Psychological Curses: Are They There or Not?

From Yu-gioh

A way of using a curse that I’ve mentioned previously is having it be more of a legend than something cast in real time.  I wanted to look more into this because it requires a lot more psychological work.  You need to build things up and move then in the right direction to have a curse trick strike home.  So, what is this exactly?

Say your heroes entire an area and find out that there is a local legend.  There’s some kind of curse, but the story isn’t really consistent when you push for more facts.  All you know is that the people are afraid even if they have never seen it in action.  It dictates a major aspect of their lives either by them avoiding something or having a ritual that is supposed to keep it at bay.  The heroes may believe the curse is real or fake, but this is where you begin to build the psychological aspect.  Regardless of how true the legend is, you put it in the story for a reason and need to have at least one moment where the heroes or reader considers it is real.

Now, you may be wondering how to build tension even if there is nothing truly to be tense and worried about.  Here are some tips:

  1. Have strange events happen.  This works best if the curse is vague in some fashion such as bad luck or a demon in a specific spot.  You can have these things happen to the heroes and gradually ramp up in severity.  For example, the first thing could be a missing belonging from the room.  That may be a thief or forgetfulness.  Later on, a companion vanishes without a trace.  Maybe even while in view or from a spot that is, at least at first glance, impossible to disappear from.  That’s a big jump, so I mean to other events between those two.
  2. If the heroes are doubtful or worried then have them act accordingly.  They have to choose an opinion and stick to it until evidence grows.  This confidence increases the psychological crumbling that you can create as they begin to doubt their initial instincts.  If the hero is mentally jumping all over the place then it hurts the suspense and impact of the curse story.
  3. Can’t go wrong with locals retelling the origins of the curse.  It doesn’t even have to be consistent.  Having them argue over the details can help explain why the heroes are doubting its existence.  You also allow yourself to have a bigger variety of events for when the whole thing is either proven or disproven.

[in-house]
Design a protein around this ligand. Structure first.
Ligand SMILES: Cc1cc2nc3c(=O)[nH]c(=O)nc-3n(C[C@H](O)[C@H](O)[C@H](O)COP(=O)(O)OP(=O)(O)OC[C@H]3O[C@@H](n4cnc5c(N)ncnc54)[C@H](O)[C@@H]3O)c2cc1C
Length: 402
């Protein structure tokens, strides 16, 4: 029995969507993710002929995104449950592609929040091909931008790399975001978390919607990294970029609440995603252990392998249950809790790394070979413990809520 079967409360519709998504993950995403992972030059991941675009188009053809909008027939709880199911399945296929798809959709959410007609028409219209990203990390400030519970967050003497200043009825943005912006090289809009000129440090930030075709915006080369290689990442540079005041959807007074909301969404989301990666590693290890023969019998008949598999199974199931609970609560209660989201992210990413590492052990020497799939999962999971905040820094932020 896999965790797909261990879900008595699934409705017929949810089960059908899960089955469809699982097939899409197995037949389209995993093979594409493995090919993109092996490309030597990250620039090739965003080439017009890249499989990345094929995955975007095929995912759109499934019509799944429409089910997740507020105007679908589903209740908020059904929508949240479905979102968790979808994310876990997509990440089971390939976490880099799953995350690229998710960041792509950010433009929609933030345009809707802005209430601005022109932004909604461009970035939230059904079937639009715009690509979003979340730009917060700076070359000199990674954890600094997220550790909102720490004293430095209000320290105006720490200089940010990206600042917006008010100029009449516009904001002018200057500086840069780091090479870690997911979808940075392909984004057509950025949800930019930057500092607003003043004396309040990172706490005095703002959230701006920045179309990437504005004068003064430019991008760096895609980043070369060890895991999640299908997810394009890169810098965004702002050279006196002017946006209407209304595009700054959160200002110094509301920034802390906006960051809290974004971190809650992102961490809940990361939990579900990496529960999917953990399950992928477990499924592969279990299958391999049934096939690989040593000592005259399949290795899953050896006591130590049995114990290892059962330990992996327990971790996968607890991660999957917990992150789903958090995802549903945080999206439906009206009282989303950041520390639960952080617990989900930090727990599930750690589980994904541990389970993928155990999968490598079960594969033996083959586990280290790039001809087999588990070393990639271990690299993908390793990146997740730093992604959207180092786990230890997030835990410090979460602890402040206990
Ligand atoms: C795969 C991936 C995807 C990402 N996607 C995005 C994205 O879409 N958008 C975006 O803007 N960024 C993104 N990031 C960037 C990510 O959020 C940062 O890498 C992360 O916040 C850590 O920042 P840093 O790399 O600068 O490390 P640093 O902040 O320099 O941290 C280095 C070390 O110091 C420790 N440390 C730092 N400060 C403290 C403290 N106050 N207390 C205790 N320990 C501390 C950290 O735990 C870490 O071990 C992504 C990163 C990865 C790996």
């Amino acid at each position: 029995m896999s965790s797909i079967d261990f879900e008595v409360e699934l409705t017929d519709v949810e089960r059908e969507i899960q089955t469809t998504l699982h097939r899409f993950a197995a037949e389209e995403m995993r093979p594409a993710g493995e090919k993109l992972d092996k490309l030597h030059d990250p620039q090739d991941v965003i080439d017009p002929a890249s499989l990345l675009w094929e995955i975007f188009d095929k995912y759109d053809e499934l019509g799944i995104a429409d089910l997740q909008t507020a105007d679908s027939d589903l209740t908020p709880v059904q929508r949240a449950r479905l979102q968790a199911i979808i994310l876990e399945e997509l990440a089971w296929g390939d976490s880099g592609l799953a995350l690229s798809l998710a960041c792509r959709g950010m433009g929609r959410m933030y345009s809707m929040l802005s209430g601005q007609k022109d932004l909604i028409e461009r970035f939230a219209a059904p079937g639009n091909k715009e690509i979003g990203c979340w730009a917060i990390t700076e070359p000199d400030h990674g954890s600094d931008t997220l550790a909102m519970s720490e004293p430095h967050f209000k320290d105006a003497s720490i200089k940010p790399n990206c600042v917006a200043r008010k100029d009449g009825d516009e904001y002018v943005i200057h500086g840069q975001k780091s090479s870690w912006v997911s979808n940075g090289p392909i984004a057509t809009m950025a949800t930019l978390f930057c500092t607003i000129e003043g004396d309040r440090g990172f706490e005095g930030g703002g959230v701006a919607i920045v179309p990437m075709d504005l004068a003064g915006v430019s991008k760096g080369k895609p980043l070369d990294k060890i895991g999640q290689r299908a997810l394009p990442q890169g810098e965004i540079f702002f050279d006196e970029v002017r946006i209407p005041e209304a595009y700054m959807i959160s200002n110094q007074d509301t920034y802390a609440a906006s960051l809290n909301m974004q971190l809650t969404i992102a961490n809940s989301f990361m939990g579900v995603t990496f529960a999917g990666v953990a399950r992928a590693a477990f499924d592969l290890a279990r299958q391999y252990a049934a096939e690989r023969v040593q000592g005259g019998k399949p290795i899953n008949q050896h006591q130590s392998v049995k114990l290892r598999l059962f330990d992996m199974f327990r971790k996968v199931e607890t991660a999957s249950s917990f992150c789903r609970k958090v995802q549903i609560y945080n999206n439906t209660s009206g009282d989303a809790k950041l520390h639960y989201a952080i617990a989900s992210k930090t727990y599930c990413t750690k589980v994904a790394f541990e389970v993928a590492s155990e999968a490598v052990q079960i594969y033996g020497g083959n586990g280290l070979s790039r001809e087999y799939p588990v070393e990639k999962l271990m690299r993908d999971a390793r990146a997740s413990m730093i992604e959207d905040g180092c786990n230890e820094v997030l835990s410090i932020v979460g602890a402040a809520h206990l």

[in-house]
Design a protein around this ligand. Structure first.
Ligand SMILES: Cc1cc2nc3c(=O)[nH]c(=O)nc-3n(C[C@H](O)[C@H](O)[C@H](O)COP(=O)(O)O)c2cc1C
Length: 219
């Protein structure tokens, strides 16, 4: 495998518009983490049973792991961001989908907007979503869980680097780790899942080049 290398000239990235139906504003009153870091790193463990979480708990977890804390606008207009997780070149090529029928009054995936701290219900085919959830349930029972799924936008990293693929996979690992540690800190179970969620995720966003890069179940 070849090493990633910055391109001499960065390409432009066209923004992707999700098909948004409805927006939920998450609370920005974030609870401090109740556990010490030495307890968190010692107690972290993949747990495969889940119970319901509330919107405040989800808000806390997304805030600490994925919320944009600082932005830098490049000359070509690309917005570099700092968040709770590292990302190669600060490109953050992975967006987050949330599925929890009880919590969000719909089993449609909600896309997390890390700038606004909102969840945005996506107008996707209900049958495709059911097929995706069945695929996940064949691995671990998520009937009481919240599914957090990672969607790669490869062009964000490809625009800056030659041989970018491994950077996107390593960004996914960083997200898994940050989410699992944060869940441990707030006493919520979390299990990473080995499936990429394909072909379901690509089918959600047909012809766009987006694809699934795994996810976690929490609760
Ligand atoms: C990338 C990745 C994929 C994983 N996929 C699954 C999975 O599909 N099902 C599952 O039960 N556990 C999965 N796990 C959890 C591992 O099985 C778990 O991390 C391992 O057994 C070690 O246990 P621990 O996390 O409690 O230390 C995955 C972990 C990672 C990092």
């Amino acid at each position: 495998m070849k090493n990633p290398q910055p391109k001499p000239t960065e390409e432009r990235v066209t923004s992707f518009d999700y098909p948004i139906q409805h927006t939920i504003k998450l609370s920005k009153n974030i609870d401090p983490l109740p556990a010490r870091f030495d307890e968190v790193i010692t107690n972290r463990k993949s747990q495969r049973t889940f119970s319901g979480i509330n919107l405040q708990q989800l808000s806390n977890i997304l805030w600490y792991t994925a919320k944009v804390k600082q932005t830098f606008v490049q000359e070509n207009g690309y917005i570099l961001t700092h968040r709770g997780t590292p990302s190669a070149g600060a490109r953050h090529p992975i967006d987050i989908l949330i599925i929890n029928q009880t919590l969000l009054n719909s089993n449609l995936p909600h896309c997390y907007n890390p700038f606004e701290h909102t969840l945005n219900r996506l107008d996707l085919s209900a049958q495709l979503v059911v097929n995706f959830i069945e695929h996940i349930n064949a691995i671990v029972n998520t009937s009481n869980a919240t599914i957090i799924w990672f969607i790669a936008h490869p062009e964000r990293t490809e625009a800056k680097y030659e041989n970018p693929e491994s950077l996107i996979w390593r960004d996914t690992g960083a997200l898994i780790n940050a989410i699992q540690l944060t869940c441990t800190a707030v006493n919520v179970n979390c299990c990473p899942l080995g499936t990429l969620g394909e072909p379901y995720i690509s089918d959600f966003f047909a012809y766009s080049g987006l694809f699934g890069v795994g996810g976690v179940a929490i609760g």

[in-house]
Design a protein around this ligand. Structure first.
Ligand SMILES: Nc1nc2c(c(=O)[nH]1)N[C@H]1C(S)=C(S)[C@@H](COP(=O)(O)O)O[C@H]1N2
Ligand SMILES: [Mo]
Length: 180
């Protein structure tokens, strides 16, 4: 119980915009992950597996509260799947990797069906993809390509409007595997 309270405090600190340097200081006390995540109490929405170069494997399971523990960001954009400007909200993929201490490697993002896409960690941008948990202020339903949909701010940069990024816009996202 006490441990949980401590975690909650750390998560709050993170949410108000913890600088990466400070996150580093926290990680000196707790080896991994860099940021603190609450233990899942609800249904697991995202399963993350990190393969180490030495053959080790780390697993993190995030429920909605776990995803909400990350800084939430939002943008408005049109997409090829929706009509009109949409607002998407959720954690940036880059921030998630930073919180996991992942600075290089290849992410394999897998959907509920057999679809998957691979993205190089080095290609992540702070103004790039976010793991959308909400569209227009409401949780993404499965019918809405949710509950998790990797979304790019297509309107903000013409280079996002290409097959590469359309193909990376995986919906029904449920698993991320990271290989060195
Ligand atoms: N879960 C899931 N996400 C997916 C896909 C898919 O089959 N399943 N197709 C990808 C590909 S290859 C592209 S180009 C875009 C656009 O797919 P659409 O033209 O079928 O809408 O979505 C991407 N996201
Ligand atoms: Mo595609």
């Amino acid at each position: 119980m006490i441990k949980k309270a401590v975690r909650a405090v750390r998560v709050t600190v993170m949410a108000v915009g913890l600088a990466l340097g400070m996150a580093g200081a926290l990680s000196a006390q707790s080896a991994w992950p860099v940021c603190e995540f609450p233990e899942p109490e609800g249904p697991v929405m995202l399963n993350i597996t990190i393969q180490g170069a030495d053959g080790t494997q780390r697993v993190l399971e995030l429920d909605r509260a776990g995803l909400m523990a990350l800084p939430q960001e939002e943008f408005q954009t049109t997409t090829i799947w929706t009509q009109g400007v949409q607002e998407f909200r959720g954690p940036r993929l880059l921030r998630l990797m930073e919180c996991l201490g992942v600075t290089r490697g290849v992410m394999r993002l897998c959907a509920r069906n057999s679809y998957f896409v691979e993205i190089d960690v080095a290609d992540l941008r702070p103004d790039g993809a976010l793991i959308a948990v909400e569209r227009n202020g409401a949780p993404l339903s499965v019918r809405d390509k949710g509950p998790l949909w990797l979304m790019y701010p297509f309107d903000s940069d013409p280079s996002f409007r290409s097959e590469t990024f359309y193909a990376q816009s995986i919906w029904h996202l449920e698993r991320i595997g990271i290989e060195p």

4. Now, say you are going to make the curse a local hoax.  Figure out why and who is behind it from the start.  You need to have a motive as if you’re writing a Scooby Doo episode.  Pulling in a random person who has never been seen before and is doing it for giggles is weak.  There needs to be a payoff for a curse that is aimed at causing psychological turmoil.

I did stick with stationary curses for this, but that doesn’t mean it’s the only way to use this tool.  A character can be afflicted with a curse that alters their mind under certain situations or be made to believe it will happen.  You can pull from psychological disorders and mental illness, but that’s a risk.  Personally, I would say phobias are the furthest you can go with this.  Cursing someone with dissociative identity disorder will rub some readers the wrong way.  Although, I guess possession by another entity works, but that isn’t the type of curse we’re working with here.  Even without going for disorders, you can come up with something.  Bad luck, loss of a sense, etc. can be curses that are created by the mind instead of magic.  You’d be surprised what a person could do if they are tricked well enough.

Not sure I hit where I wanted with this post.  Feel free to add, disagree, or voice your opinion on this one.  Maybe I’m off on the concept entirely.  They can’t all be good blog posts.

About Charles Yallowitz

Charles E. Yallowitz was born, raised, and educated in New York. Then he spent a few years in Florida, realized his fear of alligators, and moved back to the Empire State. When he isn't working hard on his epic fantasy stories, Charles can be found cooking or going on whatever adventure his son has planned for the day. 'Legends of Windemere' is his first series, but it certainly won't be his last.
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9 Responses to Psychological Curses: Are They There or Not?

  1. I like the idea that a bump in the night might be all in the mind. Good post, Charles.

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  2. L. Marie says:

    I really like the localized aspect to this. Does it mean that if they fall under the curse but leave the area the curse will still be with them or would it leave if they leave the area? Maybe the curse still follows them? It would be interesting to explore this.

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    • Depends on the curse. If it’s connected to a region then it shouldn’t follow, but that’s up to the author. This also isn’t about curses that afflict a person directly, but ones that can cause a general issue or turns someone else into a problem. For example, Chucky being a cursed doll or Jason Voorhes being a cursed person. Both of them are limited to the areas that they can get to.

      Liked by 1 person

  3. I think it’s a great post. Like I said, I’m going to be working on some of this stuff relatively soon. One question I want to explore is this: Is the hat an entity from another dimension, or does Lizzie have a dissociative identity disorder? I already know the answer, but it’s a fertile ground to play in.

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  4. This is definitely one way to up the suspense and keep readers guessing.

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